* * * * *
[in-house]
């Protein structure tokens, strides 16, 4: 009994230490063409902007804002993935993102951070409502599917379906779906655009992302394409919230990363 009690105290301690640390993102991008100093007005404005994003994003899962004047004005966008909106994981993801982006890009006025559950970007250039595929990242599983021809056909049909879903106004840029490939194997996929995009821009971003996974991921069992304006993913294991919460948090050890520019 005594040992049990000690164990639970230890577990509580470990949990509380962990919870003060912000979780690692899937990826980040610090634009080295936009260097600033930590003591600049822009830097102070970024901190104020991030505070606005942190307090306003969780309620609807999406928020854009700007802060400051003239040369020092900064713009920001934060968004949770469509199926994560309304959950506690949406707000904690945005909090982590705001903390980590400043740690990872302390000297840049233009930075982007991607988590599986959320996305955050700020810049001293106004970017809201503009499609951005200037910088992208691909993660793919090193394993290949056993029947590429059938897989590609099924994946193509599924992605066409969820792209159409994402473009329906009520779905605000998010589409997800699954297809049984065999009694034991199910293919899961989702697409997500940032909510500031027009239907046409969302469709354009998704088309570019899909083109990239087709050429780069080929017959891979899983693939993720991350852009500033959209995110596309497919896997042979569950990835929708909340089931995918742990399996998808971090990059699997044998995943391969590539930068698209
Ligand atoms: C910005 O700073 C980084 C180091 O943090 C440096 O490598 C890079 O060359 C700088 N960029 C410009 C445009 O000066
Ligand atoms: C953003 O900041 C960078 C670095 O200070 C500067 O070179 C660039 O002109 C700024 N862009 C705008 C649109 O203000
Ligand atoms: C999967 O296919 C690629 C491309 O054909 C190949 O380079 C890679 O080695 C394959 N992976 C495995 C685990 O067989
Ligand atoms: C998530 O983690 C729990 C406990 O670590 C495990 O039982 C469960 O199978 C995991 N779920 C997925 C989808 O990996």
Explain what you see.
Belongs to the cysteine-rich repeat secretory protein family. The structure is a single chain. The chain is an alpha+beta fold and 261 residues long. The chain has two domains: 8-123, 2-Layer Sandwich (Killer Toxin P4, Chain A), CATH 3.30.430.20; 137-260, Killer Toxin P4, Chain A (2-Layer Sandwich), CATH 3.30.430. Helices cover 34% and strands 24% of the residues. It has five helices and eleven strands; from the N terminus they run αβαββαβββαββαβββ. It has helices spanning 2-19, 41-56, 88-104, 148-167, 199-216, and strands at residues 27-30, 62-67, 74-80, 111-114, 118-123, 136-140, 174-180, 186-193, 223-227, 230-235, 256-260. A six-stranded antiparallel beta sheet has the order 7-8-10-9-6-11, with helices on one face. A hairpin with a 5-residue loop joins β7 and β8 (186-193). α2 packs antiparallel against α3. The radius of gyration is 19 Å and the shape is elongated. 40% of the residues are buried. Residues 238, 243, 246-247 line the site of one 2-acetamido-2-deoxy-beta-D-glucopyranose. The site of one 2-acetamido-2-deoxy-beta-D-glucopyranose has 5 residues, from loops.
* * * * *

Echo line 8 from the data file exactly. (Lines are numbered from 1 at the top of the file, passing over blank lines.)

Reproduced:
Belongs to the cysteine-rich repeat secretory protein family. The structure is a single chain. The chain is an alpha+beta fold and 261 residues long. The chain has two domains: 8-123, 2-Layer Sandwich (Killer Toxin P4, Chain A), CATH 3.30.430.20; 137-260, Killer Toxin P4, Chain A (2-Layer Sandwich), CATH 3.30.430. Helices cover 34% and strands 24% of the residues. It has five helices and eleven strands; from the N terminus they run αβαββαβββαββαβββ. It has helices spanning 2-19, 41-56, 88-104, 148-167, 199-216, and strands at residues 27-30, 62-67, 74-80, 111-114, 118-123, 136-140, 174-180, 186-193, 223-227, 230-235, 256-260. A six-stranded antiparallel beta sheet has the order 7-8-10-9-6-11, with helices on one face. A hairpin with a 5-residue loop joins β7 and β8 (186-193). α2 packs antiparallel against α3. The radius of gyration is 19 Å and the shape is elongated. 40% of the residues are buried. Residues 238, 243, 246-247 line the site of one 2-acetamido-2-deoxy-beta-D-glucopyranose. The site of one 2-acetamido-2-deoxy-beta-D-glucopyranose has 5 residues, from loops.